AB - Background: Despite the introduction of direct-acting antiviral agents for chronic hepatitis C virus (HCV) infection, peginterferon alfa/ribavirin remains relevant in many resource-constrained settings. The non-randomized GUARD-C cohort investigated baseline predictors of safety-related dose reductions or discontinuations (sr-RD) and their impact on sustained virologic response (SVR) in patients receiving peginterferon alfa/ribavirin in routine practice. Methods: A total of 3181 HCV-mono-infected treatment-naive patients were assigned to 24 or 48 weeks of peginterferon alfa/ribavirin by their physician. Patients were categorized by time-to-first sr-RD (Week 4/12). Detailed analyses of the impact of sr-RD on SVR24 (HCV RNA <50 IU/mL) were conducted in 951 Caucasian, noncirrhotic genotype (G)1 patients assigned to peginterferon alfa-2a/ribavirin for 48 weeks. The probability of SVR24 was identified by a baseline scoring system (range: 0-9 points) on which scores of 5 to 9 and <5 represent high and low probability of SVR24, respectively. Results: SVR24 rates were 46.1 % (754/1634), 77.1% (279/362), 68.0% (514/756), and 51.3% (203/396), respectively, in G1,2, 3, and 4 patients. Overall, 16.9% and 21.8% patients experienced ≥1 sr-RD for peginterferon alfa and ribavirin, respectively. Among Caucasian noncirrhotic G1 patients: female sex, lower body mass index, pre-existing cardiovascular/pulmonary disease, and low hematological indices were prognostic factors of sr-RD; SVR24 was lower in patients with ≥1 vs. no sr-RD by Week 4 (37.9% vs. 54.4%; P = 0.0046) and Week 12 (41.7% vs. 55.3%; P = 0.0016); sr-RD by Week 4/12 significantly reduced SVR24 in patients with scores <5 but not ≥5. Conclusions: In conclusion, sr-RD to peginterferon alfa-2a/ribavirin significantly impacts on SVR24 rates in treatment-naive G1 noncirrhotic Caucasian patients. Baseline characteristics can help select patients with a high probability of SVR24 and a low probability of sr-RD with peginter-feron alfa-2a/ribavirin.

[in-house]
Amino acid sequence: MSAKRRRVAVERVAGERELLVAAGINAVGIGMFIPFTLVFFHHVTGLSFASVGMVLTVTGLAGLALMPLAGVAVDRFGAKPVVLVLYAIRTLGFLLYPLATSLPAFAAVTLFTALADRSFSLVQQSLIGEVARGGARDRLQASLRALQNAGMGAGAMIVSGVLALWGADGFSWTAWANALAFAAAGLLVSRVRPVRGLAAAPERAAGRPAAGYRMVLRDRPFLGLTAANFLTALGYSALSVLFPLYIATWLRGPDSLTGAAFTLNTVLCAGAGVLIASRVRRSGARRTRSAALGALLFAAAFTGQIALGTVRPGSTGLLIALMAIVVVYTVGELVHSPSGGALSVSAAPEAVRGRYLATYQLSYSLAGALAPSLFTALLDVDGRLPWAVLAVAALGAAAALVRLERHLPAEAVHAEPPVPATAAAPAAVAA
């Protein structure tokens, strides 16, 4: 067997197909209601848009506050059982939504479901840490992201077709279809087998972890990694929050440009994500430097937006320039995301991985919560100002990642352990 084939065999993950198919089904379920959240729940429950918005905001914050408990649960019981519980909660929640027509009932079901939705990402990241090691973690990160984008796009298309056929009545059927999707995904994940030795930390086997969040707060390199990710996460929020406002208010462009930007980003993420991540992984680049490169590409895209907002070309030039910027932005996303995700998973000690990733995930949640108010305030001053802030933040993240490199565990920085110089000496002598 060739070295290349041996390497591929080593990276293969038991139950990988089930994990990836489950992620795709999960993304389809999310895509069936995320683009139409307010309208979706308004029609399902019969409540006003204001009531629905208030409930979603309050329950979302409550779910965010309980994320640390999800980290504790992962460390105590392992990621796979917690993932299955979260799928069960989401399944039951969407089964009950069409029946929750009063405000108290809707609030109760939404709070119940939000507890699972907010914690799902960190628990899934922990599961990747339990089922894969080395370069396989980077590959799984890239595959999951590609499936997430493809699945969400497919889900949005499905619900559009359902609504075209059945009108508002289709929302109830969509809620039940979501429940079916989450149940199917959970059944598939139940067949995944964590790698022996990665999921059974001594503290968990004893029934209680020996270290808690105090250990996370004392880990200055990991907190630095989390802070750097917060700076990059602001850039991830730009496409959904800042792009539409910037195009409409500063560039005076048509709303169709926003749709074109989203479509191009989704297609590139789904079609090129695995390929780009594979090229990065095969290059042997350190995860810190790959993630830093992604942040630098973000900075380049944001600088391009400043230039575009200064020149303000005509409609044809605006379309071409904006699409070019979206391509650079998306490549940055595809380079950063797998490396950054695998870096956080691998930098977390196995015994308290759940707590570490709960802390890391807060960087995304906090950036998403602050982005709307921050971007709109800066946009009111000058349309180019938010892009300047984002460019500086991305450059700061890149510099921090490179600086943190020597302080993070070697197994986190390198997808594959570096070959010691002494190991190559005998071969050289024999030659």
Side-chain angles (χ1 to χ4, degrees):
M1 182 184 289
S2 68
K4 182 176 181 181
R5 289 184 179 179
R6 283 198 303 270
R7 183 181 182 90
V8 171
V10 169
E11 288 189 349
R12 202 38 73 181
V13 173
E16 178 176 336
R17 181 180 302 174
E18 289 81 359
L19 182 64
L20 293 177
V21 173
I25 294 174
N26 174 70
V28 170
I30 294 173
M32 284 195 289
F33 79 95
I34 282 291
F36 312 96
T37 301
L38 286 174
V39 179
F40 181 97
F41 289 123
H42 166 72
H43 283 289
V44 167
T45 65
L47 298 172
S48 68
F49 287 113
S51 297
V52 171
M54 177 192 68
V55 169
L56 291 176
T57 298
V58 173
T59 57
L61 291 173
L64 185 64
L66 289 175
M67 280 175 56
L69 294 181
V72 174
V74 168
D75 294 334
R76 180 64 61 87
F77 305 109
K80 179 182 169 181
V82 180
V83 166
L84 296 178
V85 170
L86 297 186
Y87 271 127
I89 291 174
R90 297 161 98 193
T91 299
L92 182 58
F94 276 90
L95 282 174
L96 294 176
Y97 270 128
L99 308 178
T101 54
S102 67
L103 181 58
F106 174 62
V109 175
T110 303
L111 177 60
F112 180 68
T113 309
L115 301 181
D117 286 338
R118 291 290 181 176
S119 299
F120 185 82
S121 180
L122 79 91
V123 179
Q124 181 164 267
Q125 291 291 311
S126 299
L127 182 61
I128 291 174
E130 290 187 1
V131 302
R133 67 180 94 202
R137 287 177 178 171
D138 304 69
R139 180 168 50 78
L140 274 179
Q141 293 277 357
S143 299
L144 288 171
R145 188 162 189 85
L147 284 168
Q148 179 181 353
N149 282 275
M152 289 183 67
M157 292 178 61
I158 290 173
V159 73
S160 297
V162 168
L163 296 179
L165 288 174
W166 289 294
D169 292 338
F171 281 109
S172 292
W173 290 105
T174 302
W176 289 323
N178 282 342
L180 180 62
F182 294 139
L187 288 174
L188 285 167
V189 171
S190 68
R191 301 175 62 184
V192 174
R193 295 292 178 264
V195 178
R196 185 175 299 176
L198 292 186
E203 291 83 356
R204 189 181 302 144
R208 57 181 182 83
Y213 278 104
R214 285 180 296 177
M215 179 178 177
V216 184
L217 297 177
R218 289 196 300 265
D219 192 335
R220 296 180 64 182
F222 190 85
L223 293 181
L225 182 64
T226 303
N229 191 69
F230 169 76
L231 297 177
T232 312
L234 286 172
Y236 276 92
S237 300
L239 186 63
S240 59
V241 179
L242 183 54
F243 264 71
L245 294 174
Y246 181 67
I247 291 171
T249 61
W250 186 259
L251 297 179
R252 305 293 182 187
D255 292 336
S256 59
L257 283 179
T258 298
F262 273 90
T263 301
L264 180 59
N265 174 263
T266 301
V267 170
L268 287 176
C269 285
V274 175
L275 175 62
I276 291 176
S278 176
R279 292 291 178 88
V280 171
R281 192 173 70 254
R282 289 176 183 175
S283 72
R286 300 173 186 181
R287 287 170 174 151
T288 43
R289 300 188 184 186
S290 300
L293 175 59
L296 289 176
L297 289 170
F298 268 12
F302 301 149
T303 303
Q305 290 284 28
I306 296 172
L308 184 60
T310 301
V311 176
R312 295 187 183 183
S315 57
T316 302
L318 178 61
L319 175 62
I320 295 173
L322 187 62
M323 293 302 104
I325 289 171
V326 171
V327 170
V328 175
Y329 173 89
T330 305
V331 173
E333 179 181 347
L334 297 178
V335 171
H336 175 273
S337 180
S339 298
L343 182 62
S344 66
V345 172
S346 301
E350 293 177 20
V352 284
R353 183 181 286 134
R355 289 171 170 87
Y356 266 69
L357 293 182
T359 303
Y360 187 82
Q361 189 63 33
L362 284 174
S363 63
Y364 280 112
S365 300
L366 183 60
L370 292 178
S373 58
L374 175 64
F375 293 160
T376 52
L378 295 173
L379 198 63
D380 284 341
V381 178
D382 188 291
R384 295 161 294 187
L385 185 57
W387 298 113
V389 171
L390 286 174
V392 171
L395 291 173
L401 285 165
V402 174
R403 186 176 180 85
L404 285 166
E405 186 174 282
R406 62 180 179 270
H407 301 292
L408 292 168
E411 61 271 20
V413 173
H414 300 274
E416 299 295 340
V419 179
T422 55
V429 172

UR - http://www.scopus.com/inward/record.url?scp=84962170784&partnerID=8YFLogxK

UR - http://www.scopus.com/inward/citedby.url?scp=84962170784&partnerID=8YFLogxK

U2 - 10.1371/journal.pone.0151703

DO - 10.1371/journal.pone.0151703

M3 - Article

C2 - 27018988

AN - SCOPUS:84962170784

VL - 11

JO - PLoS One

JF - PLoS One

SN - 1932-6203

IS - 3

M1 - e0151703

ER -